Outside Lands, Day 1
Welcome to an Urban Oasis
By Jonathan Zwickel
Special to MSN Music
For a festival only two years old, Outside Lands feels like a beloved, lived-in piece of San Francisco culture. It condenses Northern California's illustriously high quality of living into a heady three-day bacchanal of food, wine, and, of course, tons of music. At no other festival can you snack on local oysters and artisanal sausage while sipping local, organic wine and watching world-class musicians on a solar powered stage in the middle of Golden Gate Park, an urban oasis set in the center of the city that feels miles away from the real world. Even with 50-thousand some revelers thronging five Cyprus-shaded stages, there's a sense of openness and ease here, unmatched by similar-caliber festivals like Coachella and Bonnaroo. Makes soaking up sunshine and tunes for 10 hours feel like the luxury it truly is.
Headlining the festival Friday night was Pearl Jam, who leveled an adoring audience with a two-hour-long set comprised almost exclusively of old favorites. "Got Some" and "The Fixer"—the first single from “Backspacer,” PJ's soon-to-be released ninth album—were the only new numbers of the night; their high-octane overdrive flowed nicely into the stream of well-worn classics like "Animal," "Given to Fly," and "Go." Like most of the 60-thousand heads at the festival, Eddie Vedder seemed intoxicated by his surroundings: "It looks like Amsterdam, it smells like Amsterdam…" he said to the smoke-hazed throng. He reminisced about Bridge School concerts past, benefit shows organized by Neil Young played years ago an hour south at Shoreline Amphitheater: "I had the worst case of food poisoning," he said, "but luckily we had a friend named Uncle Neil." The band blew into a pair of "Uncle" Neil Young covers—"Throw Your Hatred Down" and "Keep On Rocking in the Free World"—to close the night.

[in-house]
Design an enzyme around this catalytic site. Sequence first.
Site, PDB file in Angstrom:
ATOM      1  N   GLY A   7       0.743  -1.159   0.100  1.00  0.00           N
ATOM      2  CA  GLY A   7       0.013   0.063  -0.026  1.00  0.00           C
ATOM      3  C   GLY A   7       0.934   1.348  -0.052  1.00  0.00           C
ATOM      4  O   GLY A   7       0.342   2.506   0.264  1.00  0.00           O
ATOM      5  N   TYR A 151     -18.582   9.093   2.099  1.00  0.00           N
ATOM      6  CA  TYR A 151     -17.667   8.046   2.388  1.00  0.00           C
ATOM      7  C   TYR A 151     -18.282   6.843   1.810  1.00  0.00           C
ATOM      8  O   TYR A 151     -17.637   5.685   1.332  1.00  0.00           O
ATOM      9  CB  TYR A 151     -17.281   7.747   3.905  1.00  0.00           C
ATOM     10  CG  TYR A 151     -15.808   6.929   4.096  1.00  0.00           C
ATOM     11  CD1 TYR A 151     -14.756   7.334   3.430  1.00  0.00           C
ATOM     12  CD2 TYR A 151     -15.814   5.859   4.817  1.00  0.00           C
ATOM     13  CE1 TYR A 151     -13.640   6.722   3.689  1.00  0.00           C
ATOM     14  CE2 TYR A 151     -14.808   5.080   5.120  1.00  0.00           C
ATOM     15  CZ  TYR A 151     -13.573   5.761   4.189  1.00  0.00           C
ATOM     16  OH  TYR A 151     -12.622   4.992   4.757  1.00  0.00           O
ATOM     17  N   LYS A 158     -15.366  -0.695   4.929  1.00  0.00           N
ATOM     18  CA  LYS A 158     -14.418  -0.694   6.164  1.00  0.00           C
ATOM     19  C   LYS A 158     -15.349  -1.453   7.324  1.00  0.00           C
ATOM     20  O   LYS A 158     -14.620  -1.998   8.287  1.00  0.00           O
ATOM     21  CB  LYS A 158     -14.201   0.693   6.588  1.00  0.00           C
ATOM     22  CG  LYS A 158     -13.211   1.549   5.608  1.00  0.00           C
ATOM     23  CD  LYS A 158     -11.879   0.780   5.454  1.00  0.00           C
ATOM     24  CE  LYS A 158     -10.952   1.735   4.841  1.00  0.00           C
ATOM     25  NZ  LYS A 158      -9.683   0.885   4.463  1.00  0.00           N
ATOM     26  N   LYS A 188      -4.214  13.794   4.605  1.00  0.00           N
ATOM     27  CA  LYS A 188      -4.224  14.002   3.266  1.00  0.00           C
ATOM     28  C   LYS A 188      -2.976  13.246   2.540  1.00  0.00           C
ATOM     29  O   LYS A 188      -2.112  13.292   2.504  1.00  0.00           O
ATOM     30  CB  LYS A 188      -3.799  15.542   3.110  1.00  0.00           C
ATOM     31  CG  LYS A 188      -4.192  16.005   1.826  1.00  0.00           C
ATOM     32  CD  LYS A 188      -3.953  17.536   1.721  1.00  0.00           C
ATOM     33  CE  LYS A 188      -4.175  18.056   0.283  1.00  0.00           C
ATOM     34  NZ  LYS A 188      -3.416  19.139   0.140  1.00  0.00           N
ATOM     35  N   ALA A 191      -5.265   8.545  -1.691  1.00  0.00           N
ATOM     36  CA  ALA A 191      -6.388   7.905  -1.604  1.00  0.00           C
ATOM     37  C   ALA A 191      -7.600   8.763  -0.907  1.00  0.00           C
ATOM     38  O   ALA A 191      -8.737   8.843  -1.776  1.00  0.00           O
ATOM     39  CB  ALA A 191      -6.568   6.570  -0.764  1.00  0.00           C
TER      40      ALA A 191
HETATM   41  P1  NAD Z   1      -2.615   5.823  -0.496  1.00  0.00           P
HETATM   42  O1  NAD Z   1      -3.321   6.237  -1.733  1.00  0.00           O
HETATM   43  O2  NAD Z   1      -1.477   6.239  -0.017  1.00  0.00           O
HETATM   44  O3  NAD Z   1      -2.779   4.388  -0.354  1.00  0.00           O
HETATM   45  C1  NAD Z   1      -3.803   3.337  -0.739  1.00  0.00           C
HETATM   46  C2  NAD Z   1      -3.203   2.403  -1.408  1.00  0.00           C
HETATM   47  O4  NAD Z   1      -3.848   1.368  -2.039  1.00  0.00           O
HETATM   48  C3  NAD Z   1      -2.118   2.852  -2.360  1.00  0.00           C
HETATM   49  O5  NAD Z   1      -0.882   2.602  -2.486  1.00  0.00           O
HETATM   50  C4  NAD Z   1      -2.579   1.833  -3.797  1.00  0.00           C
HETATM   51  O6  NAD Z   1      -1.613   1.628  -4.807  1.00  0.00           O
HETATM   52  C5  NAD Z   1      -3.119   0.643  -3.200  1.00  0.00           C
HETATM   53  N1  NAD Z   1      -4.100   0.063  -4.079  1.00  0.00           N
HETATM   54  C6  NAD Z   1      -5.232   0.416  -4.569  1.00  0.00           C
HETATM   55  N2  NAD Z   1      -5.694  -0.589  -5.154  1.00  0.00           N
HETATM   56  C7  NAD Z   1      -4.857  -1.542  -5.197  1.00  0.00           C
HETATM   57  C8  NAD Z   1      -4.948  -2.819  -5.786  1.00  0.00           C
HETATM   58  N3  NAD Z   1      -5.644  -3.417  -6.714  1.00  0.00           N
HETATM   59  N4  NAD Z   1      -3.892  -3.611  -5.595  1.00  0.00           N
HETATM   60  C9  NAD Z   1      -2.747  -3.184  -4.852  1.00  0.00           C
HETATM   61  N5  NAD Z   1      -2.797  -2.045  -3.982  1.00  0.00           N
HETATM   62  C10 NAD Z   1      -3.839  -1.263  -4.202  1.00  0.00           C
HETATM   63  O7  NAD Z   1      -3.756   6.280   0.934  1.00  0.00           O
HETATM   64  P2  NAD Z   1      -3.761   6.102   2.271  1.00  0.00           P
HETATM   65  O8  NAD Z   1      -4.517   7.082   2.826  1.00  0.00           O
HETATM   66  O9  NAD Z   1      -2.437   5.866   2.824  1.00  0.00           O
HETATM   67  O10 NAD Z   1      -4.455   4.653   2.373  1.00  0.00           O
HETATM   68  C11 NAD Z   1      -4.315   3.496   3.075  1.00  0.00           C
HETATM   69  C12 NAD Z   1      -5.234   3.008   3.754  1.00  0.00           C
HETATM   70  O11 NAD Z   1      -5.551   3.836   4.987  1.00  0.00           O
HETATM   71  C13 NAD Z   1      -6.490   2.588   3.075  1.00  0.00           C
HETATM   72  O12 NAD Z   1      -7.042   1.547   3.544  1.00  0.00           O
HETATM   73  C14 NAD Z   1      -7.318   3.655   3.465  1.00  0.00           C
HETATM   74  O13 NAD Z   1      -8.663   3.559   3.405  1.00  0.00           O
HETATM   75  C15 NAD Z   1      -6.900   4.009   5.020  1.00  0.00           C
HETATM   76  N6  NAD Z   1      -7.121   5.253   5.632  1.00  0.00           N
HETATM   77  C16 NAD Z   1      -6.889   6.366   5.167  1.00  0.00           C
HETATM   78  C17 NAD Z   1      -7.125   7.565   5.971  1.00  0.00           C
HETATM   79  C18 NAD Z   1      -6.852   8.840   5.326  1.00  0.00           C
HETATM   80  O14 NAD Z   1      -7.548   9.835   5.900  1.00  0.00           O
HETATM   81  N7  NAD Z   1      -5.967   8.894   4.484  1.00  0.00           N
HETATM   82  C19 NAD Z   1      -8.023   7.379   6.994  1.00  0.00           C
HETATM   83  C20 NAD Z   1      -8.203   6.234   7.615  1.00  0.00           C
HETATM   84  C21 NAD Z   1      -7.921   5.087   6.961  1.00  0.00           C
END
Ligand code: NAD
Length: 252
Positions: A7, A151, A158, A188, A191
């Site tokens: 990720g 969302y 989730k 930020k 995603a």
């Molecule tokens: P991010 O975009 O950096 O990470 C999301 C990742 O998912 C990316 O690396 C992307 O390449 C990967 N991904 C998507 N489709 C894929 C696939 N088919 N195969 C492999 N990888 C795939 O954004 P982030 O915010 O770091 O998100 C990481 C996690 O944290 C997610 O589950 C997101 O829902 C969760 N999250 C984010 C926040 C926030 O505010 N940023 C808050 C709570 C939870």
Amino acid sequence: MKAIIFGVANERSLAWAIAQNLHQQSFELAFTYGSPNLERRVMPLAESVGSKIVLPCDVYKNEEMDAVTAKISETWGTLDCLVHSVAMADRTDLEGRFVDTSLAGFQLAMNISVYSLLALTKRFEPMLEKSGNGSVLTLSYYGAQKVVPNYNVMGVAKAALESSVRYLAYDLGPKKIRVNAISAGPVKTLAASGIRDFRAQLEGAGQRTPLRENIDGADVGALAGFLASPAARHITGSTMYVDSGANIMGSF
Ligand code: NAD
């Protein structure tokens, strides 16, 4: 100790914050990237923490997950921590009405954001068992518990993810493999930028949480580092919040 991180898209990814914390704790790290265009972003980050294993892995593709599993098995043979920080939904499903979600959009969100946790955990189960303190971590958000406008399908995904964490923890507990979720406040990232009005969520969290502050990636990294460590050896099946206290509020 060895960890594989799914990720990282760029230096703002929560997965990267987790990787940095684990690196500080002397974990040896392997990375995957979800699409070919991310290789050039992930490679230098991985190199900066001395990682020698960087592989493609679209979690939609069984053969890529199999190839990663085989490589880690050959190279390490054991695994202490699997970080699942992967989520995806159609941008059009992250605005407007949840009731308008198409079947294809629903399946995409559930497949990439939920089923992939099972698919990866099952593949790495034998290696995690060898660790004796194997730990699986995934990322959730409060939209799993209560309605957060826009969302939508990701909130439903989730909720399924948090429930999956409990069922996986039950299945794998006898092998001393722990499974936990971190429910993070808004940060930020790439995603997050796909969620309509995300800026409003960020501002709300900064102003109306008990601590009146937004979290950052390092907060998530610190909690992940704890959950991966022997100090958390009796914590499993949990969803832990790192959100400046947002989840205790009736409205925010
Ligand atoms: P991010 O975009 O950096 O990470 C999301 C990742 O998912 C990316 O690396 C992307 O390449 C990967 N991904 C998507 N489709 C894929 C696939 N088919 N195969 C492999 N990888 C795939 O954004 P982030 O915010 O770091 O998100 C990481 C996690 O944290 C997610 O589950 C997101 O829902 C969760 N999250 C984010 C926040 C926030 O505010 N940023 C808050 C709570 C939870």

Earlier in the day, Outside Lands' hip-hop faithful were given a glimpse of Golden Age glory when beloved MC Q-Tip brought out Phife Dawg, his former partner in A Tribe Called Quest, to close his set. Early on, Tip announced that his performance was dedicated to DJ A.M. who had been found dead of an overdose in his New York apartment earlier in the day. (Meanwhile, a daring few leapt the fence to the south of the Twin Peaks stage and disappeared into the crowd.) Though he sprinkled in songs from last year's brilliant “The Renaissance,” Tip leaned heavily on classic Tribe material, and fans were wondering whether a cameo was in the offing. Sure enough, for the finale of his 50-minute set, Q-Tip and Phife traded verses on "Award Tour," backed by a five-piece band and DJ. "I don't know if you'll ever see that again," Tip said before leaving the stage.
A short walk away on the Lindley Meadow Stage, Welsh six-piece Los Campesinos! banged and strummed through an unabashedly perky set of punk-inflected pop. With boy-girl vocal sparring, a violin, and a glockenspiel, they sounded like Belle and Sebastian's bratty pair of younger siblings. They started up right as Akron/Family finished on the Sutro Stage, winding from tribal drum circle to Yes-style prog rock in the span of a single song.
Other highlights: LA's Autolux started the day on the massive Land's End stage, adrenalizing the first hundred or so early birds with slick, silvery drone pop reminiscent of late-'80s Sonic Youth. Zap Mama frontwoman Marie Daulne strutted to hear band's funked-up pop with a 12" vinyl record pinned to her head like a Derby hat. Backed by a pair of vocalists, a crack rhythm section and a trumpeter, she led her band through a soul workout of James Brownian proportions without skipping a beat. Also upping the soul factor were Black Joe Lewis and the Honeybears, a smoking R&B revue from Austin, Texas. Of all the horn sections at the festival—and there have been a lot—theirs, anchored by a big, ballsy baritone, was the baddest.
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